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Hub, Hero and Hygiene. The alliterative approach to your content strategy

Content marketing: A triumverate of tantalising tips on how to slice, dice and serve your content. This comes with Google approval built in.

A young girl is wearing a plain black superhero mask around her eyes and a cape. She looks happy and is looking with big eyes at an adult whose hands are touching her cheeks after possibly having adjusted her mask.

If you’re going to nab someone else’s approach to content strategy, then snaffle it from someone who has had clear success with their approach to date.

YouTube might not be your first thought. They don’t produce their own content after all. Everyone else does. But Google and YouTube have long been preaching to those who publish on their platforms about what they dubbed the ‘hub, hero and hygiene’ theory of content. And it’s something organisations could think about when they’re putting together their own content plans.

The hub/hero/hygiene labels may be nice and alliterative but they don’t give away much, but it does make sense as a way of giving purpose to your content production - it’s a way of defining the purpose of each strand of content you produce so that you know what the intent is, and what you need to put into it:


Hygiene is the workhorse of the approach. The content which forms the bulk of your website content, the descriptions of your company and its services and products. It’s the core of the search engine optimisation strategy, making sure that when users are searching for products and services like yours, it is, in fact, yours that they find.

And once they are on your site, it’s also the content which will, hopefully, convert them to actual purchases or to ring you up to get that meeting. It’s the parts of your website which describe what you do and how it can help. It tells people the difference you can make to their lives or their companies.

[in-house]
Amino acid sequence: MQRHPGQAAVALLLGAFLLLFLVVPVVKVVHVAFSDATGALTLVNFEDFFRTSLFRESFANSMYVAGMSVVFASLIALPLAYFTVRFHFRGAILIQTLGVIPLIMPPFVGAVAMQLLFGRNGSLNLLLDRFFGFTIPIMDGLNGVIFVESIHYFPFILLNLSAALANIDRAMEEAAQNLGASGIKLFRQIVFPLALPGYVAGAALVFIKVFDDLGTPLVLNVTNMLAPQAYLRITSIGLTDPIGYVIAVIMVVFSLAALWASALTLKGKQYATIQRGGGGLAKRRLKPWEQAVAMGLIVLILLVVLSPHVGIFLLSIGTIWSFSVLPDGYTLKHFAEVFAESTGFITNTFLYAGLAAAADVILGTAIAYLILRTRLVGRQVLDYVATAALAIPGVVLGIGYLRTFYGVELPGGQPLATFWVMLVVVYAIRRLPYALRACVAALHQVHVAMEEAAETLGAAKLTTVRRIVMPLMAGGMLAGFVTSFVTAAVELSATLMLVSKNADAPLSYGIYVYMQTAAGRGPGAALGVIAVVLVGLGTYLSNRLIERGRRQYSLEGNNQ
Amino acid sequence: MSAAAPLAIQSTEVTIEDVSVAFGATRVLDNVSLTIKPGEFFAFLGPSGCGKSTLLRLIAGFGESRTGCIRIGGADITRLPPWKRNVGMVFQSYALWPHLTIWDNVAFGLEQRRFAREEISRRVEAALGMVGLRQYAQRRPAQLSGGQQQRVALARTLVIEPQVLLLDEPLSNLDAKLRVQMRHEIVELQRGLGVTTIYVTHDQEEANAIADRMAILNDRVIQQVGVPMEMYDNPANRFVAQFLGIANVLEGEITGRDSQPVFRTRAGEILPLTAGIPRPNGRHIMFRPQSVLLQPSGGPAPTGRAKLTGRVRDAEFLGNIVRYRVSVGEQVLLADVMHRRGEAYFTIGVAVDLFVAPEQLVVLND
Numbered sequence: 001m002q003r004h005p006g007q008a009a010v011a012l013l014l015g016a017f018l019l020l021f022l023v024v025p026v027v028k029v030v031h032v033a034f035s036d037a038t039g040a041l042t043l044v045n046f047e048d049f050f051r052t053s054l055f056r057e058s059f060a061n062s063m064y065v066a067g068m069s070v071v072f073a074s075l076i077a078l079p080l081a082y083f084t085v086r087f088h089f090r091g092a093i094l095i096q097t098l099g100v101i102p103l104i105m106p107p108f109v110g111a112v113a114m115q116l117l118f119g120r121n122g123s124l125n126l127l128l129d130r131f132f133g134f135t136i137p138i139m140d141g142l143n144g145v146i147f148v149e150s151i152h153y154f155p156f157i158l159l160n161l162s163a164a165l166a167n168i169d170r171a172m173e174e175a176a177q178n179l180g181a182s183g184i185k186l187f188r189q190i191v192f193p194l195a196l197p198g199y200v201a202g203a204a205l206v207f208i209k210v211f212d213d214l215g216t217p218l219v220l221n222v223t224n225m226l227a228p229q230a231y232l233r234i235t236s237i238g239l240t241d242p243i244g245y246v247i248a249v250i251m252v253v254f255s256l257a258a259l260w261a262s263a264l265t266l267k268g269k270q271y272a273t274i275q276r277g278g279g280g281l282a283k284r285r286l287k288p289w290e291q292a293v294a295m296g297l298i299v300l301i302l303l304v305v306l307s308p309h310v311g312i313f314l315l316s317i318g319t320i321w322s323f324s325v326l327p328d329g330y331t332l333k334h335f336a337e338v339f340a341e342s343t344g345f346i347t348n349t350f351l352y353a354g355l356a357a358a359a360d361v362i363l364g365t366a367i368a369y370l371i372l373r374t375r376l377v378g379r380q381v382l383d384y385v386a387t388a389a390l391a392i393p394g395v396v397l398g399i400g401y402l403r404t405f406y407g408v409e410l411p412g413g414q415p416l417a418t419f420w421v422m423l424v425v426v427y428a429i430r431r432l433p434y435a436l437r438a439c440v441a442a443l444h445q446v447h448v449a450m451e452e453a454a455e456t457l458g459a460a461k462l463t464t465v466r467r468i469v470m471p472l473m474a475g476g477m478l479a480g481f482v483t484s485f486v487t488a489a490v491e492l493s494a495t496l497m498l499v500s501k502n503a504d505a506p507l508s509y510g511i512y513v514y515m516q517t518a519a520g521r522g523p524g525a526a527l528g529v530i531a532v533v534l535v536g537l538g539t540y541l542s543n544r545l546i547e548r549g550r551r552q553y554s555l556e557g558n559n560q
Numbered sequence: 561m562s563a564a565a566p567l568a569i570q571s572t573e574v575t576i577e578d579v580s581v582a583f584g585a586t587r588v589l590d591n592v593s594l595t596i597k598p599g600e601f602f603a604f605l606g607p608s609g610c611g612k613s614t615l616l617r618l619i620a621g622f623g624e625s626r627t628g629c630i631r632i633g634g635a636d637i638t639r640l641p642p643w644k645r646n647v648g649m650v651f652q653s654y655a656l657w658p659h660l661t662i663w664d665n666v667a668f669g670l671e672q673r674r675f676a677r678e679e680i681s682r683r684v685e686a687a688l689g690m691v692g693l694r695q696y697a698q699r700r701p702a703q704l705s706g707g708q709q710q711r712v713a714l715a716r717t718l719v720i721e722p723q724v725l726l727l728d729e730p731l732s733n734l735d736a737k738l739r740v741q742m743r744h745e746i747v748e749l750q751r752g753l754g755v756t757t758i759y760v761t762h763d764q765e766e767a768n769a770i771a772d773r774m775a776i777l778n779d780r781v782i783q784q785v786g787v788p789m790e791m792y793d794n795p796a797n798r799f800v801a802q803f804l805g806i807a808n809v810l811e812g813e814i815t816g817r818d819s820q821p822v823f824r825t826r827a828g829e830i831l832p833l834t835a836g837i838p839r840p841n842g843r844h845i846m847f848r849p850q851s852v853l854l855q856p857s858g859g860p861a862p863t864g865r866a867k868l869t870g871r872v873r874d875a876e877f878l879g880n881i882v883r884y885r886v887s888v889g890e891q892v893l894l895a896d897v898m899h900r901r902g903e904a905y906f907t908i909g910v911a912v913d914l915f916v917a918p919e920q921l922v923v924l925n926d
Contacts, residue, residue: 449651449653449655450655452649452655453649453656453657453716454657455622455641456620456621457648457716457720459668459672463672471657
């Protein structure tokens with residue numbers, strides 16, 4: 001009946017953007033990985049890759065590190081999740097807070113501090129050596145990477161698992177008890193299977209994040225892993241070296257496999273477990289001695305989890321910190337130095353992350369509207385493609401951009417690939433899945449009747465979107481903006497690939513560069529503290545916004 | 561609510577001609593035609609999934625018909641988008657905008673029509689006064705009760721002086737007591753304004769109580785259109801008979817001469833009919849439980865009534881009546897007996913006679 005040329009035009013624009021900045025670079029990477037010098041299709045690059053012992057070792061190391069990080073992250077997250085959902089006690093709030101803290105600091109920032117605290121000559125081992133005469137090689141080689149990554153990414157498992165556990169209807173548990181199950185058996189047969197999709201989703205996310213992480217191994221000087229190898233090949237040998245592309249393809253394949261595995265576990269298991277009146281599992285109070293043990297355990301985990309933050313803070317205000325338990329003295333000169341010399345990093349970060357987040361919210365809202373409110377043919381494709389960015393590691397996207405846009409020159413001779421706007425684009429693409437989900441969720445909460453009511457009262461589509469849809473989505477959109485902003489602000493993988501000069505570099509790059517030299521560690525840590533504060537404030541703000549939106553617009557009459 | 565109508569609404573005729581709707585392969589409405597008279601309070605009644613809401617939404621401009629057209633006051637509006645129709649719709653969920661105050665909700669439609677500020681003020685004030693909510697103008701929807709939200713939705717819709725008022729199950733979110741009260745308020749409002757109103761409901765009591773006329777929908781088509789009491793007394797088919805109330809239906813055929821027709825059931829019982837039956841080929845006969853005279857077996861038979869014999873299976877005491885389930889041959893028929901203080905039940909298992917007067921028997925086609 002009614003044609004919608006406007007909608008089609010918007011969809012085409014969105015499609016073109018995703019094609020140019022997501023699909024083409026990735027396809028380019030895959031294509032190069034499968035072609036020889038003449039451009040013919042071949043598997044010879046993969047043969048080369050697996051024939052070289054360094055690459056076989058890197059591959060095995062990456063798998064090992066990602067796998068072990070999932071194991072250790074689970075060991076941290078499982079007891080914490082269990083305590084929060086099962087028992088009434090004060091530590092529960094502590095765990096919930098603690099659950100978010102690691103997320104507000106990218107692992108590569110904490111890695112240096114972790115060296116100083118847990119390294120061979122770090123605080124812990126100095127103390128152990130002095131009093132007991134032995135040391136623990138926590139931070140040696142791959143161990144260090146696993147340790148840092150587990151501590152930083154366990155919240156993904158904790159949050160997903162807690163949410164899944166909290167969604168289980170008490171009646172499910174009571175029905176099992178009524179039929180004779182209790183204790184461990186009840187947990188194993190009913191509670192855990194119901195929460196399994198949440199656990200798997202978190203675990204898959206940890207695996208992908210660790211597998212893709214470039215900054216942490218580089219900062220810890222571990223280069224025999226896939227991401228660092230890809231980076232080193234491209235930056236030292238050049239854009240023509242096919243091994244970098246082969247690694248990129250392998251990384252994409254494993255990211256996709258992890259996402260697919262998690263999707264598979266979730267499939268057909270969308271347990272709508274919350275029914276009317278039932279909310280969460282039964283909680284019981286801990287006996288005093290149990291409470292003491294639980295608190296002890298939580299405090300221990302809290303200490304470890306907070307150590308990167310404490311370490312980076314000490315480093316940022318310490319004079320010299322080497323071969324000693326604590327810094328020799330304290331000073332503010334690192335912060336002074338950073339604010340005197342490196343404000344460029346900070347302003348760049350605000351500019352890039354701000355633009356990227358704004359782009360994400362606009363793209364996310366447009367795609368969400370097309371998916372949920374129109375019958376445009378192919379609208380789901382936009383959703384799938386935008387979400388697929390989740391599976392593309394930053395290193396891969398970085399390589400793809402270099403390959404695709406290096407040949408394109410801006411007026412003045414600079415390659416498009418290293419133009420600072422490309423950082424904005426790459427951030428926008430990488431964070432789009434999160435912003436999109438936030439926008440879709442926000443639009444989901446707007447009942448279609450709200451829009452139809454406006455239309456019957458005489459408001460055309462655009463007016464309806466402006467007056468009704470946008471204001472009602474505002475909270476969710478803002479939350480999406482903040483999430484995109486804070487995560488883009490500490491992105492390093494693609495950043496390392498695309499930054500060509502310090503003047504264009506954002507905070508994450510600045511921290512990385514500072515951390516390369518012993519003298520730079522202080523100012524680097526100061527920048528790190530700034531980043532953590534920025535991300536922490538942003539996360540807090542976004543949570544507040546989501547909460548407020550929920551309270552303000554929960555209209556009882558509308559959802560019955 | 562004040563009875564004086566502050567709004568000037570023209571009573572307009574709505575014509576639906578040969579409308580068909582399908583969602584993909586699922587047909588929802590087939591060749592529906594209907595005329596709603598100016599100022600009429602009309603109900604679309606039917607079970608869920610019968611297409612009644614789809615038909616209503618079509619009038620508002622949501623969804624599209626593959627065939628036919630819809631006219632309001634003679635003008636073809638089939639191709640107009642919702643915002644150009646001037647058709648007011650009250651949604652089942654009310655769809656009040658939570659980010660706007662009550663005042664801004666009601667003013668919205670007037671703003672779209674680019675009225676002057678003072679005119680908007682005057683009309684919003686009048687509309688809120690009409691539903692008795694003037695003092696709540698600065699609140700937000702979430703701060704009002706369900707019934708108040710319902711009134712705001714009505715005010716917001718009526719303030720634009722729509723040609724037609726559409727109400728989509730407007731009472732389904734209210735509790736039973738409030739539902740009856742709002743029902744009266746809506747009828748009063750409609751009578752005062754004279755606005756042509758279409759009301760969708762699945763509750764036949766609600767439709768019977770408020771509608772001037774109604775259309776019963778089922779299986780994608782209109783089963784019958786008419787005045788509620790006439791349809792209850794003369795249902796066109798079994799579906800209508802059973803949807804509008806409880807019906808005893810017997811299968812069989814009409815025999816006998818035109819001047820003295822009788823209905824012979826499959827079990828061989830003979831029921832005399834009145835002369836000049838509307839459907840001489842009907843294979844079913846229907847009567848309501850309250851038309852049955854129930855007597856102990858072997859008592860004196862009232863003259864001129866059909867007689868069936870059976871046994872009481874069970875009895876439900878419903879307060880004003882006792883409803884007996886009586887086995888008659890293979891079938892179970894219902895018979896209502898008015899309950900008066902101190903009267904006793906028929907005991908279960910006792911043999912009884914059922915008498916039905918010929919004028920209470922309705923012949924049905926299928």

In short, it’s the ‘timeless’ copy that is indexed by Google and, even if you produce no other content, a customer will know who you are, what you do and what your company or brand is about. From product to values, it’s the whole lot. Each page with a purpose, each one driving the customer forward.


Hub content, on the other hand, is the stuff you publish more regularly. It’s the content that you use to try and get attention. It might be newsy - if you want to announce your new CEO perhaps, but more likely it’ll be blogs, articles, podcasts and the like which draw attention to your expertise, your values or your people.

It is, without being too meta about it, something like this very piece of writing. Often designed to be shared on social media, it’s meant to give potential clients a sense of the company’s approach and, in this case, the unrivalled combination of expertise, experience, skill and sheer magnetism that Disquiet Dog has.

Hub content builds the brand profile, and gives users a reason to engage with the organisation. It’s content marketing by another name and, when done well, it involves a regular publishing schedule and editorial strategies which create content that will interest and intrigue potential customers.

That means that a company needs some robust content processes, in whatever format they prefer, but it is also rewarded by better SEO, since Google’s search algorithm rewards sites which publish regularly, and need indexing more. It’s worth plotting how you’d manage such a process. You know where we are.


Hero content is the glory stuff - the content where you can talk about your values, your brand’s mission and the great vision you have for humanity and how your organisation can save it (more modest ambitions are also available). This sort of content might be part of a one-off (or occasional) campaign - and it’s often quite a commitment.

It needs aligning with your strategy and it needs high end delivery. You can’t stand in a (metaphorical) corner and mumble your dreams. They might need video, or bold graphics, or at the very least, some pretty lengthy posts to explain just why.

They are often multi-channel affairs across website, social media, third party media and perhaps a paid-for campaign. It needs to be seen. The whole idea is to create impact. To get people aware of your brand, what you do, how great your products are and get a sense of why they’d choose you, rather than a similar competitor. It takes a bit of commitment. Imagine doing all that work and no-one seeing it…

Getting your editorial strategy aligned with those three content types is part of the battle. We can help with that - and with the rest. Feel free to get in touch.